Bottom Feeders: The Rock End of the ’80s, Part 27

We may still be in the letter J this week but at least the flute solos are gone. We’ll finish up the 10th letter of the alphabet looking at tracks that hit the Billboard rock charts in the ’80s but never crossed over into the Hot 100.

Johnny & the Distractions
“Shoulder of the Road” 1982, #42 (download)
“Complicated Now” 1982, #25 (download)

Johnny & the Distractions were a short lived group out of Portland, OR led by Johnny Koonce who is still playing music today as Johnny & the Gas Hogs.  Both these tunes came off their album, Let It Rock. Neither one is very exciting and they certainly sound quite dated today.

Tom Johnston
“Madman” 1981, #54 (download)

Johnston left the Doobie Brothers in 1977 to pursue a solo career which only yielded a few minor hits, though “Madman” was the best of them from his second and final solo album Still Feels Good.

Jon & Vangelis
“The Friends of Mr. Cairo” 1981, #33 (download)

Once again, I’ve never really been a fan of either of these guys separately but Jon Anderson and Vangelis together were pretty damn cool. “The Friends of Mr. Cairo” is the title track to their second album together and is pays homage to ‘30s and ‘40s movies with the emphasis on the Maltese Falcon. The version here is the nearly 12 minute album cut.

Mick Jones
“Just Wanna Hold” 1989, #16 (download)

Of course every time you talk about Mick Jones you have to clarify it by saying “not the guy from the Clash.” This is the Mick Jones from Foreigner and this generic track is from his self-titled solo album – his only one. What’s amazing is that this piece of generic light rock took three talented people to write it (Jones, Ian Hunter and Mick Jagger) and features background vocals from Billy Joel. This is staggeringly poor based on the people involved.

Rickie Lee Jones
“Woody and Dutch on the Slow Train to Peking” 1981, #31 (download)
“Pirates (So Long Lonely Avenue)” 1981, #40 (download)
“Satellites” 1989, Modern Rock #23 (download)

I’m surprised I dig so much music from Rickie Lee Jones, as she definitely isn’t my type of artist but “Woody and Dutch” is a damn groovy song, probably the most upbeat song on her Pirates album which also featured the title track written about Tom Waits. And then eight years later she hits the modern rock chart with “Satellites” off Flying Cowboys, produced by Walter Becker.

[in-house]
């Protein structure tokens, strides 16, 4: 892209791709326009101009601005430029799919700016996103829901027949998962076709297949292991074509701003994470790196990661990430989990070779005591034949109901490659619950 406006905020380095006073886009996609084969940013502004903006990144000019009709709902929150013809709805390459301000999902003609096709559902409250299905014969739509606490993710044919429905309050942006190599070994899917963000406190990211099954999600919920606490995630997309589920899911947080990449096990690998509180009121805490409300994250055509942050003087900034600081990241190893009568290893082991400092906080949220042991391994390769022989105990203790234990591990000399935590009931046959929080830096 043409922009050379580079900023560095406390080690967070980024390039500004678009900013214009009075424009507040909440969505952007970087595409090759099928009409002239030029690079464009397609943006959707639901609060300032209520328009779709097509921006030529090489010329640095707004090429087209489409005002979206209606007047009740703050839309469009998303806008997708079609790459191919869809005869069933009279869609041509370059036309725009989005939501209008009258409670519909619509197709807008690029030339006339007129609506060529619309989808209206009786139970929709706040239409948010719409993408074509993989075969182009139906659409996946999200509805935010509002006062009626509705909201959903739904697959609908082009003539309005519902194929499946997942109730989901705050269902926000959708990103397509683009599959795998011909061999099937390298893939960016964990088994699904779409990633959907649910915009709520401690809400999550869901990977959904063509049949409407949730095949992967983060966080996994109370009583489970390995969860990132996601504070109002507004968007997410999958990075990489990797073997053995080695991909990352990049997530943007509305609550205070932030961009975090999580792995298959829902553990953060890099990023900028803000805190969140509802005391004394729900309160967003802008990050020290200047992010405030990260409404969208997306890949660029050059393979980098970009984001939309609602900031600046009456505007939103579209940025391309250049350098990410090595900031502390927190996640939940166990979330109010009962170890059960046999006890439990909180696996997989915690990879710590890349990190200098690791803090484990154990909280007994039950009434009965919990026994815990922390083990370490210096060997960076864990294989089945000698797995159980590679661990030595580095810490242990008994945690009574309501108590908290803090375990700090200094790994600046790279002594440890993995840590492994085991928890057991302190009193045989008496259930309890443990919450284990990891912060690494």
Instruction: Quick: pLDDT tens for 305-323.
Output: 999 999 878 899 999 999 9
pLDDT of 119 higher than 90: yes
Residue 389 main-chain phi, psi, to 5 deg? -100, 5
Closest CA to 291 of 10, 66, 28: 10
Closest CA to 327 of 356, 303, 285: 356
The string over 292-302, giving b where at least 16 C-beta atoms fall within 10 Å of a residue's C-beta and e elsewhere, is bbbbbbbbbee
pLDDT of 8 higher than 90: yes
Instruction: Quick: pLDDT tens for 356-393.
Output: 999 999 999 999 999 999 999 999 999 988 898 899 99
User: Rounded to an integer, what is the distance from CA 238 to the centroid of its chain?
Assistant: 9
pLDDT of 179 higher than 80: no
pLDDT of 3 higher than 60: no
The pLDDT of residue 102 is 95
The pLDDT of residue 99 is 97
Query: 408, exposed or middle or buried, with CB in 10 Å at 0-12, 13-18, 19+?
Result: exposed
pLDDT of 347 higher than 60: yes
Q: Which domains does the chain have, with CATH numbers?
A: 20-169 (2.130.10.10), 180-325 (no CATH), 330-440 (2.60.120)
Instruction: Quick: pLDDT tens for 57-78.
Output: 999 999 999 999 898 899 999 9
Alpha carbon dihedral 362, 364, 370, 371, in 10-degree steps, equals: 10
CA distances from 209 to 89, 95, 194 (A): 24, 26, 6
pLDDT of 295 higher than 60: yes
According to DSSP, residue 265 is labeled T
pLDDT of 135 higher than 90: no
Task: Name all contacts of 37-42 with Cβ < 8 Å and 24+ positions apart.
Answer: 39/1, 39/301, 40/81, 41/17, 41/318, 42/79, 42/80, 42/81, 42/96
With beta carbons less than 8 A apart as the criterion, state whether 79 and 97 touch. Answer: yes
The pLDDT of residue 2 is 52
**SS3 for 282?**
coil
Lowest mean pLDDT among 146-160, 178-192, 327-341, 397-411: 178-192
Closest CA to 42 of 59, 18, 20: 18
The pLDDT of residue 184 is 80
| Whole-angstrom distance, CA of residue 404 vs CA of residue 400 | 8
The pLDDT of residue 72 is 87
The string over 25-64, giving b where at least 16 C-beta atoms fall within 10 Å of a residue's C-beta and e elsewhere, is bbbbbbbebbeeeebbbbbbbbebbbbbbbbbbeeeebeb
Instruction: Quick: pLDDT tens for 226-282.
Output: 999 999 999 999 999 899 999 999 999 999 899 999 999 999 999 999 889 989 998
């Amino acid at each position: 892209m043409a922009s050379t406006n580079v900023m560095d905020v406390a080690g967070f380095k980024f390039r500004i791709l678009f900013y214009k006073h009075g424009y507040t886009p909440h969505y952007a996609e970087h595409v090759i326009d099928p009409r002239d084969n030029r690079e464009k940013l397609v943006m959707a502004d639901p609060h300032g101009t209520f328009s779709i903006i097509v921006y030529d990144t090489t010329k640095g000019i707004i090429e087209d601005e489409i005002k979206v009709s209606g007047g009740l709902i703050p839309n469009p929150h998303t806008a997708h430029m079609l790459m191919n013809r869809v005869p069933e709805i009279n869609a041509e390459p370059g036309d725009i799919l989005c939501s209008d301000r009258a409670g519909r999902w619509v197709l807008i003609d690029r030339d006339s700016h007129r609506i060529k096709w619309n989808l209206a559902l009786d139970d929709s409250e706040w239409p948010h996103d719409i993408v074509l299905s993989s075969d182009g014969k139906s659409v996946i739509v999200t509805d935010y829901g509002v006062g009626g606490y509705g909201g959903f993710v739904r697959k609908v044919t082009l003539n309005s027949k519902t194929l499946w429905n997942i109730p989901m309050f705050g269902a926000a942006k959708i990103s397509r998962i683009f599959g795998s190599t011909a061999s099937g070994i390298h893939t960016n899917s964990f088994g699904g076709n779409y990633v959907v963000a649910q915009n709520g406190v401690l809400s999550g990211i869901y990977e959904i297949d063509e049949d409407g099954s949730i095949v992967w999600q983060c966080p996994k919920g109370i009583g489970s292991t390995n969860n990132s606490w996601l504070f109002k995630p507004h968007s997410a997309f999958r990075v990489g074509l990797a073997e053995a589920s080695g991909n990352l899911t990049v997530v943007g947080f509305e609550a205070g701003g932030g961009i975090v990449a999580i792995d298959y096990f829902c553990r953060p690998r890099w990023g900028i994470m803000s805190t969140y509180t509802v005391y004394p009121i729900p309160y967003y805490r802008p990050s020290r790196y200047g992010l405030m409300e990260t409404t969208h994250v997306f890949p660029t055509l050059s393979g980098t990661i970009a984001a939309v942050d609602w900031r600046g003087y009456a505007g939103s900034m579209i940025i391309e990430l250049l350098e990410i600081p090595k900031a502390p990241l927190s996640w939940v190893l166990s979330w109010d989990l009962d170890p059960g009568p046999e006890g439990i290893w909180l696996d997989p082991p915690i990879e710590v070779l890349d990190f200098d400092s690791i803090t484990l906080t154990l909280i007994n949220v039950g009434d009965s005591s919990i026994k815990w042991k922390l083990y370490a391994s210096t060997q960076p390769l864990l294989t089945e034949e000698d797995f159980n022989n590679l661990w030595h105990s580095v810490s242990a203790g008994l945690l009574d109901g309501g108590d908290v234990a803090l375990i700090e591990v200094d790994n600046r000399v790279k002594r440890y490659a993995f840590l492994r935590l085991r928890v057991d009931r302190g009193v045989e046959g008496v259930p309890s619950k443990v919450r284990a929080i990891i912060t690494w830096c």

Janis Joplin
“One Night Stand” 1982, #35 (download)

Unbelievably I like this too, although it’s a little easier to like the wail of Janis Joplin than most other females for me. “One Night Stand” came from the 1982 Columbia records release, Farewell Song. It included tracks from her time with Big Brother and the Holding Company, the Kozmic Blues Band and Full Tilt Boogie and is really more known for the fact that studio musicians supposedly were used to rerecord the Big Brother songs for the release.

Journey
“Dixie Highway” 1981, #30 (download)
“Stone in Love” 1981, #13 (download)
“Only Solutions” 1982, #22 (download)
“Ask the Lonely” 1983, #3 (download)
“Raised On Radio” 1986, #27 (download)

The rock charts bring us one of the rarer Journey hits in “Only Solutions.” It was featured on the Tron soundtrack and as far as I can tell only appears on CD in two places, 1992’s Time Cubed triple disc hits set and the 2006 CD remaster of Frontiers. So while it isn’t super rare any longer, as one point it was.

“Dixie Highway” comes from their 1981 live album, Captured. It was one of two new songs on the album, the other being the studio recording of “The Party’s Over (Hopelessly in Love).” “Ask the Lonely” appears on a lot of greatest hits discs but was originally released as part of the John Travola/Olivia Newton-John movie Two of a Kind.

“Raised on Radio” is really the only track I don’t enjoy here as it’s just a little too cheesy.

Judas Priest
“Heading Out to the Highway” 1981, #10 (download)
“Electric Eye” 1982, #38 (download)
“Some Heads Are Gonna Roll” 1984, #42 (download)
“Locked In” 1986, #25 (download)
“Turbo Lover” 1986, #44 (download)
“Johnny B. Goode” 1988, #47 (download)

I’m actually surprised to see so much Judas Priest here as true metal really didn’t do much on the charts, but Judas Priest made sounds that the masses could relate to. I mean “Heading Out to the Highway” has that great sing along chorus that makes it perfect for the radio.

“Electric Eye” is really the key tune here though, off the last great Judas Priest album, Screaming for Vengeance. The big hit was of course “You’ve Got Another Thing Coming” and while that was certainly a better radio tune than this, “Electric Eye” still rocks.

And I have to admit that I would have never expected to hear “Johnny B. Goode” covered by Judas Priest, but then again Megadeth did cover “These Boots are Made For Walking” so it wasn’t like something weird like this didn’t happen before.